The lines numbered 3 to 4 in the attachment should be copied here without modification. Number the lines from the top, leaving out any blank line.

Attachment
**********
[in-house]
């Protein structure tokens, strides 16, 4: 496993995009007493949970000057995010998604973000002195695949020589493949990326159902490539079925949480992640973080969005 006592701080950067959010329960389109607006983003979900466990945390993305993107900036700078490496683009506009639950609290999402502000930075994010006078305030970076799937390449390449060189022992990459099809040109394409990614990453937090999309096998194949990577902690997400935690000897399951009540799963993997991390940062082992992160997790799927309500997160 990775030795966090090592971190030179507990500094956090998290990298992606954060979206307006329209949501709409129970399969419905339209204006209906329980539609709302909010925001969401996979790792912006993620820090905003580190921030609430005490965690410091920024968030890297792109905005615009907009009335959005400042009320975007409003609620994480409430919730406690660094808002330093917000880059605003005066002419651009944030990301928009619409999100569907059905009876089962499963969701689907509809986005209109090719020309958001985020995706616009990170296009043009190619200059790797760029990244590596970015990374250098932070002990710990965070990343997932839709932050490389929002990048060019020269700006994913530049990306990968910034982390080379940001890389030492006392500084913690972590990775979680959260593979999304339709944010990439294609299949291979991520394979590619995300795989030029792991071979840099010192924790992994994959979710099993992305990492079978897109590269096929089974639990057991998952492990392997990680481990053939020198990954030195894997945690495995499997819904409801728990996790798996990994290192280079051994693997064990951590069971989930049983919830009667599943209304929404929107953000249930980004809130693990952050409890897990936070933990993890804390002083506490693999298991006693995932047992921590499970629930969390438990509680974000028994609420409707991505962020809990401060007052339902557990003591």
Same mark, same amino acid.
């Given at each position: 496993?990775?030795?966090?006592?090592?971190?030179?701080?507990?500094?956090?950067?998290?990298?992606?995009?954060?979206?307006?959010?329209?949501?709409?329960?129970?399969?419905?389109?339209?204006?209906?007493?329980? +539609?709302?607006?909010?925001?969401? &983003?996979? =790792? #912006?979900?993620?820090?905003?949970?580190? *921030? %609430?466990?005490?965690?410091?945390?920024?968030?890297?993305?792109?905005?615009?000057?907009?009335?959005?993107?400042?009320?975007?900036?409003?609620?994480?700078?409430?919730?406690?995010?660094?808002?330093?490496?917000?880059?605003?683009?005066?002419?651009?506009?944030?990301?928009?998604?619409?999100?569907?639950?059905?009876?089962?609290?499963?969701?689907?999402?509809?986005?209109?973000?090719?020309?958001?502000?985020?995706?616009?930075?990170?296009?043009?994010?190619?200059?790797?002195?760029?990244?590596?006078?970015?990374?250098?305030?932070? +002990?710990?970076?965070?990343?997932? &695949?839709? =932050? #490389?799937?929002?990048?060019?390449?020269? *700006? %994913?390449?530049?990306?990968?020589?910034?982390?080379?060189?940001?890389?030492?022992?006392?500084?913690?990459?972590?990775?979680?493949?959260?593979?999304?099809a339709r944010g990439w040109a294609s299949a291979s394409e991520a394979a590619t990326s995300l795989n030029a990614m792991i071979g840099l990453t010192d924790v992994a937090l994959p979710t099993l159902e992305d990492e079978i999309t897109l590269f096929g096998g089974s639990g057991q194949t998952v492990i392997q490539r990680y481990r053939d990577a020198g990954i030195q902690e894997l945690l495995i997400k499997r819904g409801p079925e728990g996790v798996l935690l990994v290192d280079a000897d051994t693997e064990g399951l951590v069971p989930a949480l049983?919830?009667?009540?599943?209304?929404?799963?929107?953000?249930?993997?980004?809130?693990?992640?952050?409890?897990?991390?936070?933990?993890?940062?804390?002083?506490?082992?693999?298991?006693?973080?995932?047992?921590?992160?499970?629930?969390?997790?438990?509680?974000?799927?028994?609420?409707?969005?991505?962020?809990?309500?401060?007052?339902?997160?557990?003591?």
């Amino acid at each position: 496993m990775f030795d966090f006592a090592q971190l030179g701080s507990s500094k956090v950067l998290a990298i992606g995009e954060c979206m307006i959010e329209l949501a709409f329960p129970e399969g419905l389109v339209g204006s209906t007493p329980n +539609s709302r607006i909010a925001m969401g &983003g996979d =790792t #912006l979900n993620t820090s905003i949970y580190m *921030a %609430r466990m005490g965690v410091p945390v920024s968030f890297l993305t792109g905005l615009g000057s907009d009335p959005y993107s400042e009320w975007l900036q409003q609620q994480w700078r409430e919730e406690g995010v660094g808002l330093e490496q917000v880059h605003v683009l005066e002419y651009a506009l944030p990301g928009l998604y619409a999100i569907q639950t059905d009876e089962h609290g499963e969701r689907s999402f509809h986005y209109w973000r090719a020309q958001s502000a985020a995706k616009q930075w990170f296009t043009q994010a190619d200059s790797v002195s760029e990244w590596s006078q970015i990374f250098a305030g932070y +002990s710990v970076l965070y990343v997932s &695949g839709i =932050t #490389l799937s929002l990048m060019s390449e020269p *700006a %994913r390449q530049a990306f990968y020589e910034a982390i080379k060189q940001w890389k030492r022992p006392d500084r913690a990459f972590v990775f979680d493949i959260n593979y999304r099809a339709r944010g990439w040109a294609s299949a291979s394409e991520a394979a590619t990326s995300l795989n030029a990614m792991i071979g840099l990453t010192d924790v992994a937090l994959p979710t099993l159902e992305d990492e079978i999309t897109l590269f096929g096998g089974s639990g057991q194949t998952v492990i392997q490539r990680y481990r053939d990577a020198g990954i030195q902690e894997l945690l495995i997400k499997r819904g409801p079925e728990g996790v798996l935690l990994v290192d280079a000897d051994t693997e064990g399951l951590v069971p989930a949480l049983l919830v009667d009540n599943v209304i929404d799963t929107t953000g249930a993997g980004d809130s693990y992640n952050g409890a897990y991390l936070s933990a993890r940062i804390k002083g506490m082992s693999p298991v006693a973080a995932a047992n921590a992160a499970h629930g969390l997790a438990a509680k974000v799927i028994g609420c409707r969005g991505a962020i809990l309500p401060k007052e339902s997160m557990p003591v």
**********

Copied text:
Same mark, same amino acid.
């Given at each position: 496993?990775?030795?966090?006592?090592?971190?030179?701080?507990?500094?956090?950067?998290?990298?992606?995009?954060?979206?307006?959010?329209?949501?709409?329960?129970?399969?419905?389109?339209?204006?209906?007493?329980? +539609?709302?607006?909010?925001?969401? &983003?996979? =790792? #912006?979900?993620?820090?905003?949970?580190? *921030? %609430?466990?005490?965690?410091?945390?920024?968030?890297?993305?792109?905005?615009?000057?907009?009335?959005?993107?400042?009320?975007?900036?409003?609620?994480?700078?409430?919730?406690?995010?660094?808002?330093?490496?917000?880059?605003?683009?005066?002419?651009?506009?944030?990301?928009?998604?619409?999100?569907?639950?059905?009876?089962?609290?499963?969701?689907?999402?509809?986005?209109?973000?090719?020309?958001?502000?985020?995706?616009?930075?990170?296009?043009?994010?190619?200059?790797?002195?760029?990244?590596?006078?970015?990374?250098?305030?932070? +002990?710990?970076?965070?990343?997932? &695949?839709? =932050? #490389?799937?929002?990048?060019?390449?020269? *700006? %994913?390449?530049?990306?990968?020589?910034?982390?080379?060189?940001?890389?030492?022992?006392?500084?913690?990459?972590?990775?979680?493949?959260?593979?999304?099809a339709r944010g990439w040109a294609s299949a291979s394409e991520a394979a590619t990326s995300l795989n030029a990614m792991i071979g840099l990453t010192d924790v992994a937090l994959p979710t099993l159902e992305d990492e079978i999309t897109l590269f096929g096998g089974s639990g057991q194949t998952v492990i392997q490539r990680y481990r053939d990577a020198g990954i030195q902690e894997l945690l495995i997400k499997r819904g409801p079925e728990g996790v798996l935690l990994v290192d280079a000897d051994t693997e064990g399951l951590v069971p989930a949480l049983?919830?009667?009540?599943?209304?929404?799963?929107?953000?249930?993997?980004?809130?693990?992640?952050?409890?897990?991390?936070?933990?993890?940062?804390?002083?506490?082992?693999?298991?006693?973080?995932?047992?921590?992160?499970?629930?969390?997790?438990?509680?974000?799927?028994?609420?409707?969005?991505?962020?809990?309500?401060?007052?339902?997160?557990?003591?």